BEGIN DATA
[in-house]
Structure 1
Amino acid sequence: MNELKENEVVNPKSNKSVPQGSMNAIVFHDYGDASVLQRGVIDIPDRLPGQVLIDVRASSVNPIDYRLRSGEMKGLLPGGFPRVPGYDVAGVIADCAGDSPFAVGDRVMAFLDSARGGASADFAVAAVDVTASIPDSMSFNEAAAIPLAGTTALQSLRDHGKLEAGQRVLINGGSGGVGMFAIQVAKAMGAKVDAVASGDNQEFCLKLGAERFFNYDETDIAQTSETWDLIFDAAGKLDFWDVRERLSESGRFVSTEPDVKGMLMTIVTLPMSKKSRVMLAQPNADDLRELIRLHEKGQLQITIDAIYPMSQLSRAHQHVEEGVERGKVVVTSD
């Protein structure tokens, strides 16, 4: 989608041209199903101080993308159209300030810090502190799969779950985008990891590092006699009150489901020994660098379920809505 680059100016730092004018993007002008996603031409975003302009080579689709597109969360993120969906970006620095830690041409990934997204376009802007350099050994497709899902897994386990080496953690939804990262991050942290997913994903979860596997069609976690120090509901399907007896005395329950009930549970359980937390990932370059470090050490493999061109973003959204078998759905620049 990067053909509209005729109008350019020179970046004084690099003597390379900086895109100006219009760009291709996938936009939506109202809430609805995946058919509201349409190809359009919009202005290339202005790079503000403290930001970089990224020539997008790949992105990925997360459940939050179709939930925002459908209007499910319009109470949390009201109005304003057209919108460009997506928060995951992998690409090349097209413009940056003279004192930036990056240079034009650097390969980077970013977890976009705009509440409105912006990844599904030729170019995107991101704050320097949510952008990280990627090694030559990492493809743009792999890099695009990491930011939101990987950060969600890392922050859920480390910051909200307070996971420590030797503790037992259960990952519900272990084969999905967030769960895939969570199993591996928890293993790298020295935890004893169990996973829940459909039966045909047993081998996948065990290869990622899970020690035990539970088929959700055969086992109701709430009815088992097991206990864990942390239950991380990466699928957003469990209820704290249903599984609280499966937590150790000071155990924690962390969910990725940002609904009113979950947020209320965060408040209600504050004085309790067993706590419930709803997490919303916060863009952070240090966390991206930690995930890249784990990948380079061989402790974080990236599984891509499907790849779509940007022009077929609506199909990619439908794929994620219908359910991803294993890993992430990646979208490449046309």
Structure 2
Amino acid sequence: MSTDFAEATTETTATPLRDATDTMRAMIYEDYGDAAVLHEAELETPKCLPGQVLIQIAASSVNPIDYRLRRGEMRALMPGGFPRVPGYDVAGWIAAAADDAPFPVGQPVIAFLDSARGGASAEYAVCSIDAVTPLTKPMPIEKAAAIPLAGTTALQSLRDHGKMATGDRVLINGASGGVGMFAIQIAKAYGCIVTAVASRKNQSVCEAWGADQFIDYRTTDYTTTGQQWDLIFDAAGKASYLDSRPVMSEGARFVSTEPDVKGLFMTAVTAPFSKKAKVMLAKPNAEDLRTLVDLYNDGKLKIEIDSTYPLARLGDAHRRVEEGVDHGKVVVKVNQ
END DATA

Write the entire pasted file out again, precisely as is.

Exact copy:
[in-house]
Structure 1
Amino acid sequence: MNELKENEVVNPKSNKSVPQGSMNAIVFHDYGDASVLQRGVIDIPDRLPGQVLIDVRASSVNPIDYRLRSGEMKGLLPGGFPRVPGYDVAGVIADCAGDSPFAVGDRVMAFLDSARGGASADFAVAAVDVTASIPDSMSFNEAAAIPLAGTTALQSLRDHGKLEAGQRVLINGGSGGVGMFAIQVAKAMGAKVDAVASGDNQEFCLKLGAERFFNYDETDIAQTSETWDLIFDAAGKLDFWDVRERLSESGRFVSTEPDVKGMLMTIVTLPMSKKSRVMLAQPNADDLRELIRLHEKGQLQITIDAIYPMSQLSRAHQHVEEGVERGKVVVTSD
């Protein structure tokens, strides 16, 4: 989608041209199903101080993308159209300030810090502190799969779950985008990891590092006699009150489901020994660098379920809505 680059100016730092004018993007002008996603031409975003302009080579689709597109969360993120969906970006620095830690041409990934997204376009802007350099050994497709899902897994386990080496953690939804990262991050942290997913994903979860596997069609976690120090509901399907007896005395329950009930549970359980937390990932370059470090050490493999061109973003959204078998759905620049 990067053909509209005729109008350019020179970046004084690099003597390379900086895109100006219009760009291709996938936009939506109202809430609805995946058919509201349409190809359009919009202005290339202005790079503000403290930001970089990224020539997008790949992105990925997360459940939050179709939930925002459908209007499910319009109470949390009201109005304003057209919108460009997506928060995951992998690409090349097209413009940056003279004192930036990056240079034009650097390969980077970013977890976009705009509440409105912006990844599904030729170019995107991101704050320097949510952008990280990627090694030559990492493809743009792999890099695009990491930011939101990987950060969600890392922050859920480390910051909200307070996971420590030797503790037992259960990952519900272990084969999905967030769960895939969570199993591996928890293993790298020295935890004893169990996973829940459909039966045909047993081998996948065990290869990622899970020690035990539970088929959700055969086992109701709430009815088992097991206990864990942390239950991380990466699928957003469990209820704290249903599984609280499966937590150790000071155990924690962390969910990725940002609904009113979950947020209320965060408040209600504050004085309790067993706590419930709803997490919303916060863009952070240090966390991206930690995930890249784990990948380079061989402790974080990236599984891509499907790849779509940007022009077929609506199909990619439908794929994620219908359910991803294993890993992430990646979208490449046309």
Structure 2
Amino acid sequence: MSTDFAEATTETTATPLRDATDTMRAMIYEDYGDAAVLHEAELETPKCLPGQVLIQIAASSVNPIDYRLRRGEMRALMPGGFPRVPGYDVAGWIAAAADDAPFPVGQPVIAFLDSARGGASAEYAVCSIDAVTPLTKPMPIEKAAAIPLAGTTALQSLRDHGKMATGDRVLINGASGGVGMFAIQIAKAYGCIVTAVASRKNQSVCEAWGADQFIDYRTTDYTTTGQQWDLIFDAAGKASYLDSRPVMSEGARFVSTEPDVKGLFMTAVTAPFSKKAKVMLAKPNAEDLRTLVDLYNDGKLKIEIDSTYPLARLGDAHRRVEEGVDHGKVVVKVNQ